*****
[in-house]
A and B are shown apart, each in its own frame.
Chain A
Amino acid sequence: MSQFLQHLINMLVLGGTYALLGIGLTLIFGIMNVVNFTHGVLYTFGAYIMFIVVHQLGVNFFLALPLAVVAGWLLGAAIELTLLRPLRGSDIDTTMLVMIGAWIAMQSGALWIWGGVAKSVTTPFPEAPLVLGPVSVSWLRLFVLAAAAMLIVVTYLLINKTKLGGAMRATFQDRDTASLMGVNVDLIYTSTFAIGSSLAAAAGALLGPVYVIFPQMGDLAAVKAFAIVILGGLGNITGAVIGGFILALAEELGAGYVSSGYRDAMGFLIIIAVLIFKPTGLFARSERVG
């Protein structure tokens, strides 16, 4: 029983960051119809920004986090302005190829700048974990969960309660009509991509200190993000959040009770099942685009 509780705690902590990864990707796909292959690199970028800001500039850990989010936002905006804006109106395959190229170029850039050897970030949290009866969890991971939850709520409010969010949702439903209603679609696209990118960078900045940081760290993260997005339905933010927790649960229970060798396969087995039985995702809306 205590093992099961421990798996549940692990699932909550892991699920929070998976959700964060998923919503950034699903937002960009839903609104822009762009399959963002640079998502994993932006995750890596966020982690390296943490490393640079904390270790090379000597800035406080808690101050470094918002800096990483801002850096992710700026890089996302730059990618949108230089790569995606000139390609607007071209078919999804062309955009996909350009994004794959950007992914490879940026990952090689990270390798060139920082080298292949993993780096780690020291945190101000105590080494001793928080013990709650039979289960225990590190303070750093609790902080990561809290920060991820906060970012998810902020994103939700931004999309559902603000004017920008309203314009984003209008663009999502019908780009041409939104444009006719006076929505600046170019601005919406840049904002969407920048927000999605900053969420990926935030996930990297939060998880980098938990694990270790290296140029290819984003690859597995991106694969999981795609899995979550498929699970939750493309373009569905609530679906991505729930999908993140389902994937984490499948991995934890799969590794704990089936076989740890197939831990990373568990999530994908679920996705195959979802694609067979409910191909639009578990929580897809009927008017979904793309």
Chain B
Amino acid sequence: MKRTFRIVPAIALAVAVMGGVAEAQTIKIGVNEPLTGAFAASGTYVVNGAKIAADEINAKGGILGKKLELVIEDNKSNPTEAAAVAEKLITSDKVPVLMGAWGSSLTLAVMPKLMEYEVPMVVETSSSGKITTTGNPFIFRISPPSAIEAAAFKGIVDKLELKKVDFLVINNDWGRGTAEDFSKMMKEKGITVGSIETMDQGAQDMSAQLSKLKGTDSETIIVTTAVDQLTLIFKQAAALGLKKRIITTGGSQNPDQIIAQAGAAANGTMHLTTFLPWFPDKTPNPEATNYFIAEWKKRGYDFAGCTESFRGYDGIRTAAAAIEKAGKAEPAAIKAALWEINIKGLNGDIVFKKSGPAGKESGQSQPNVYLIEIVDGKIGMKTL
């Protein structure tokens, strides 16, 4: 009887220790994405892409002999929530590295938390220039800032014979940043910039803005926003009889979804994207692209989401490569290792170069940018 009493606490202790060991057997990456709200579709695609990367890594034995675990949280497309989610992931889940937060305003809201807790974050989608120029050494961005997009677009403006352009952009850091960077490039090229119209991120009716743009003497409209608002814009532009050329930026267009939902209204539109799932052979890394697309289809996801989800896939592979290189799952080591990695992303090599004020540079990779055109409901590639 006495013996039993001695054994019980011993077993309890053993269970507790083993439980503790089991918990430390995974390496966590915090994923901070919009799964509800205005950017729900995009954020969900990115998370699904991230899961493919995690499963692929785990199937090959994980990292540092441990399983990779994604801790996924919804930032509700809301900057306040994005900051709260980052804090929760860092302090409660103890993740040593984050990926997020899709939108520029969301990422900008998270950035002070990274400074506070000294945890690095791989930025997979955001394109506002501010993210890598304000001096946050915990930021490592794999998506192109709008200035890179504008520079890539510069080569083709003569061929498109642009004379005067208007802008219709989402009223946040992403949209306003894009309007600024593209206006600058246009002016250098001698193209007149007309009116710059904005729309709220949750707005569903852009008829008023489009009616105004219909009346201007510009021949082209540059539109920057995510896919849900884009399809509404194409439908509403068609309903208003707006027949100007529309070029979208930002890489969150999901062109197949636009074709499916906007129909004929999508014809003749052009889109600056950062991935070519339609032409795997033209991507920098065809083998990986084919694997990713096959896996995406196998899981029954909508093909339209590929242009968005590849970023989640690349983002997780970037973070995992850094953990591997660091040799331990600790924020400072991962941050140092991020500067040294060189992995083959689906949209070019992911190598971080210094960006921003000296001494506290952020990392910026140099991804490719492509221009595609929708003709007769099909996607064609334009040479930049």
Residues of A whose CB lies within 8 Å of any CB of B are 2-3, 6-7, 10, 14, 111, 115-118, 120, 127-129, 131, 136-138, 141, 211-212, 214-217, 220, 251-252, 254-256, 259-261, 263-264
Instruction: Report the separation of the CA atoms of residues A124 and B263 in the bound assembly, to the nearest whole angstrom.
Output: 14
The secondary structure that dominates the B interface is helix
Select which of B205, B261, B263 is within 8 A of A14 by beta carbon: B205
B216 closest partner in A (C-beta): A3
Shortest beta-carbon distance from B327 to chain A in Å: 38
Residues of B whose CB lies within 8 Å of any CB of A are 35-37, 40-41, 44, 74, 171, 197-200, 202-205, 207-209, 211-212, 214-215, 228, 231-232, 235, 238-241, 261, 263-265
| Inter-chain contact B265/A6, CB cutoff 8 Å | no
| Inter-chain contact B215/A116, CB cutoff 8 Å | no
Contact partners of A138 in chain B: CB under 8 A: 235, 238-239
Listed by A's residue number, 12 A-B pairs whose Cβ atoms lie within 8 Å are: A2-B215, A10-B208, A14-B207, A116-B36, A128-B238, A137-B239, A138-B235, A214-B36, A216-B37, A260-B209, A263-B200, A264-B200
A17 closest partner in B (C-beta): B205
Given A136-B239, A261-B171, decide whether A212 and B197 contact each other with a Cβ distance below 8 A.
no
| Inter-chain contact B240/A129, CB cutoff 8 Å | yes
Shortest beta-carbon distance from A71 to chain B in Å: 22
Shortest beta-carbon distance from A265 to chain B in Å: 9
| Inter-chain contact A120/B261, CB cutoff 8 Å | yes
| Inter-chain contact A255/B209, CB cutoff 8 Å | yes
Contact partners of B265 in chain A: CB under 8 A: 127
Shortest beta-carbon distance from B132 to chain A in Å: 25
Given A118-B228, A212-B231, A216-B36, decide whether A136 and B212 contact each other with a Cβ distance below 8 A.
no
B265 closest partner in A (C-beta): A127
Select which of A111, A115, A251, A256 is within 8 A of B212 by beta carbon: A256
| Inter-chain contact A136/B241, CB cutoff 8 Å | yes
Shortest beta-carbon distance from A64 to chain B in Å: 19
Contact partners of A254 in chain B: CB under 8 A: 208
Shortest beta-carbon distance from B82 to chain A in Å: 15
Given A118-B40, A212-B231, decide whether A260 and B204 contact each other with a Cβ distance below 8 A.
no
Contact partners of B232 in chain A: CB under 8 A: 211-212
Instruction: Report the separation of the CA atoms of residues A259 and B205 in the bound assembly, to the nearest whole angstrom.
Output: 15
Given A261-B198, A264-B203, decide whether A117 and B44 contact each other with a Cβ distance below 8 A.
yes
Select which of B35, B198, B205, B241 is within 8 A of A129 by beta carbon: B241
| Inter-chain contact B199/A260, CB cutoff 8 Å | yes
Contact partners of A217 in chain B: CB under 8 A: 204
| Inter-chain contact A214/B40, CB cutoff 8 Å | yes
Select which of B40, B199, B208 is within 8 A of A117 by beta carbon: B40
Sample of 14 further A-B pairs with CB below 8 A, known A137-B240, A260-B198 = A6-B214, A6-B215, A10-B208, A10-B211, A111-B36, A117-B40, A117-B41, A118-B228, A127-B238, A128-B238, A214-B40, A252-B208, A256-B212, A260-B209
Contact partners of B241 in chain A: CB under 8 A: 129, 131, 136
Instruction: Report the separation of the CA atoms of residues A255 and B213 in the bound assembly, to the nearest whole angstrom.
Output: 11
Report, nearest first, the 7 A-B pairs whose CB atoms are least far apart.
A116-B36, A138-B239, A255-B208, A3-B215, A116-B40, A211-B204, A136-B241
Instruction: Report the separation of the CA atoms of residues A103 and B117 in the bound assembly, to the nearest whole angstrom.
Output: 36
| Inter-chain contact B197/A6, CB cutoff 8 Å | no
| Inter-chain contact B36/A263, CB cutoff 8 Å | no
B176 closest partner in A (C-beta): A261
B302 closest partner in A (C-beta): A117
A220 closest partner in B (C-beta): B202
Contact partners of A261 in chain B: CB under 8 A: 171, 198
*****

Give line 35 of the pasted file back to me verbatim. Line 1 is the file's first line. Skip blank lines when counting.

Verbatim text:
| Inter-chain contact A136/B241, CB cutoff 8 Å | yes